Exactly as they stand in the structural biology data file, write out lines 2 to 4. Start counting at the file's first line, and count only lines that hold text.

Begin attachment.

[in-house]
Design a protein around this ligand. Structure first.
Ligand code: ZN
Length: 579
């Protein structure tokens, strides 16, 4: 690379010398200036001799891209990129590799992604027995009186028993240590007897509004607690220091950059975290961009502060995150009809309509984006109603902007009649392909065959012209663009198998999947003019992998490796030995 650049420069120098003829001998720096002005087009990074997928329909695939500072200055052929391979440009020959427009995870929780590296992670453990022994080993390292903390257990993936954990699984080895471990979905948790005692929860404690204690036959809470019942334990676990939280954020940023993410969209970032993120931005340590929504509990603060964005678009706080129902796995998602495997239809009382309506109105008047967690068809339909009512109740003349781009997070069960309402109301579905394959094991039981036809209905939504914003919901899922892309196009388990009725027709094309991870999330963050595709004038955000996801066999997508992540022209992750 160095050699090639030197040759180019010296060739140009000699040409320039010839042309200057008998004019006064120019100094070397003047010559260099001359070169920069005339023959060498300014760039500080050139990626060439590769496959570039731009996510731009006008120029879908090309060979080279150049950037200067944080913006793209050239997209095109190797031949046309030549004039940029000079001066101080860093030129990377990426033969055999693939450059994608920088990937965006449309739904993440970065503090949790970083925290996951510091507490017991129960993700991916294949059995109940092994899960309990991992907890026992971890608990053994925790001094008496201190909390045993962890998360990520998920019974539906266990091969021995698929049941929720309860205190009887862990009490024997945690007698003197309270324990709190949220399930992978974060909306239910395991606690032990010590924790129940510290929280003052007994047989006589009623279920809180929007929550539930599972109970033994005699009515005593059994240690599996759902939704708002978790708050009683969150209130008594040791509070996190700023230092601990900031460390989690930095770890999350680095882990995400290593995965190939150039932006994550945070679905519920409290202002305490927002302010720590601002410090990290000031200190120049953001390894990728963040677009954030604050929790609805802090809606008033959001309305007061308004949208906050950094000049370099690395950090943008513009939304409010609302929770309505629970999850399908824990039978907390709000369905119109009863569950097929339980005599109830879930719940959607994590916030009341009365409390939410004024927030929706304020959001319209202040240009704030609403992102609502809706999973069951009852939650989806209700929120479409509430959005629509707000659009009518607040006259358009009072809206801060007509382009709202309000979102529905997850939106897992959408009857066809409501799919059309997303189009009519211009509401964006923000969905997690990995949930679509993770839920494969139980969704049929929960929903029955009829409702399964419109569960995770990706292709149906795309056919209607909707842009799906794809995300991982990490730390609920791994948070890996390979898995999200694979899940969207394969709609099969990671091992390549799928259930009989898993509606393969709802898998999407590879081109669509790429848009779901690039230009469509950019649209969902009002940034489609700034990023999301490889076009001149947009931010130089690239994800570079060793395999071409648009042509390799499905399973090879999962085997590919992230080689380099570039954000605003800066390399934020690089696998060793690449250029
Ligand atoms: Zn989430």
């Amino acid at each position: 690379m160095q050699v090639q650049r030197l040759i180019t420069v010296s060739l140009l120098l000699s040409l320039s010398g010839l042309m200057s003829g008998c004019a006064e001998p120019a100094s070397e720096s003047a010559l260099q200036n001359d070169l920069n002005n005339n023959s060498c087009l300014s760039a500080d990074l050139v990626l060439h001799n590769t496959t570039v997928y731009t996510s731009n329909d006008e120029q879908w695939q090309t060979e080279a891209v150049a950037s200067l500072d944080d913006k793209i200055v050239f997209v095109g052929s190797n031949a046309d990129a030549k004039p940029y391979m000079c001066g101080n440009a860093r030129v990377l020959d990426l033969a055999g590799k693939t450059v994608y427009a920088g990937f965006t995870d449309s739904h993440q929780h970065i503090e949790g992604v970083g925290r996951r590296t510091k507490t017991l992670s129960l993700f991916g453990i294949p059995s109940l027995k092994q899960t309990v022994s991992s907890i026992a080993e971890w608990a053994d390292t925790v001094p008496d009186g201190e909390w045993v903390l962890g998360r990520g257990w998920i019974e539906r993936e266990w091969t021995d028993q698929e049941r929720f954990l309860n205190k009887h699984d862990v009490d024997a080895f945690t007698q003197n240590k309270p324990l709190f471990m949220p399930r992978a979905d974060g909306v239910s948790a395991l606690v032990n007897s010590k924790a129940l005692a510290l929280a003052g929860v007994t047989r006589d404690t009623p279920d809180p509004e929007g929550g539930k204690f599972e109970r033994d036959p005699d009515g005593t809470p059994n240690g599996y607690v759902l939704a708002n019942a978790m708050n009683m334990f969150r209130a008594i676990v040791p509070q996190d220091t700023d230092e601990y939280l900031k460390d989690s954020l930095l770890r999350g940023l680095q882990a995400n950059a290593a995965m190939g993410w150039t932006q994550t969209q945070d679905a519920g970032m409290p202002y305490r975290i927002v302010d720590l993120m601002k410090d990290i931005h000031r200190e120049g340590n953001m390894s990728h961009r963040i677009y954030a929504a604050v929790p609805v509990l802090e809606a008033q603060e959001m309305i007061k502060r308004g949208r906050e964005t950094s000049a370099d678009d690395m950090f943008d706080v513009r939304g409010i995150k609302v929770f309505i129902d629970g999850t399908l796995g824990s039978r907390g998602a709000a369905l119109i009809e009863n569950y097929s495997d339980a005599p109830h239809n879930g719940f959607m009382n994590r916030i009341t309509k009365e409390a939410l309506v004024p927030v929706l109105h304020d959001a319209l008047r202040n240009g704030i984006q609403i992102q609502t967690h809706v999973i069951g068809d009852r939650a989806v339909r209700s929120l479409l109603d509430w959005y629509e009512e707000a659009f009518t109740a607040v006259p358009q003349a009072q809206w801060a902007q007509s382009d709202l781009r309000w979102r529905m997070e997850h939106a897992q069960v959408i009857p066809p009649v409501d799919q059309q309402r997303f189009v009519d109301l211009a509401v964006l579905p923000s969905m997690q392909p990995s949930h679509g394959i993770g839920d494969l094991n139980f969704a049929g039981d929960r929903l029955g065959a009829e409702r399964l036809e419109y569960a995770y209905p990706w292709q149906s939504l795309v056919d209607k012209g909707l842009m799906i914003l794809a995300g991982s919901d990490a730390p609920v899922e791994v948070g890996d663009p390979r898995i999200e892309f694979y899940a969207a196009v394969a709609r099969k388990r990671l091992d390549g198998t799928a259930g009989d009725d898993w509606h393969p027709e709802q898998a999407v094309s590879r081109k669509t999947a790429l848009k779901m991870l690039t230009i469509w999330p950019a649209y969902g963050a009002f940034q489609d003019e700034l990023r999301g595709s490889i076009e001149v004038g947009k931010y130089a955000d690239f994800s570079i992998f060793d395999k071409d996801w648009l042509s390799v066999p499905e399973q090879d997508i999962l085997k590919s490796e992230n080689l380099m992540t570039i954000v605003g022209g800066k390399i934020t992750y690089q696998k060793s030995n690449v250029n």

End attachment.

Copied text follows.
Design a protein around this ligand. Structure first.
Ligand code: ZN
Length: 579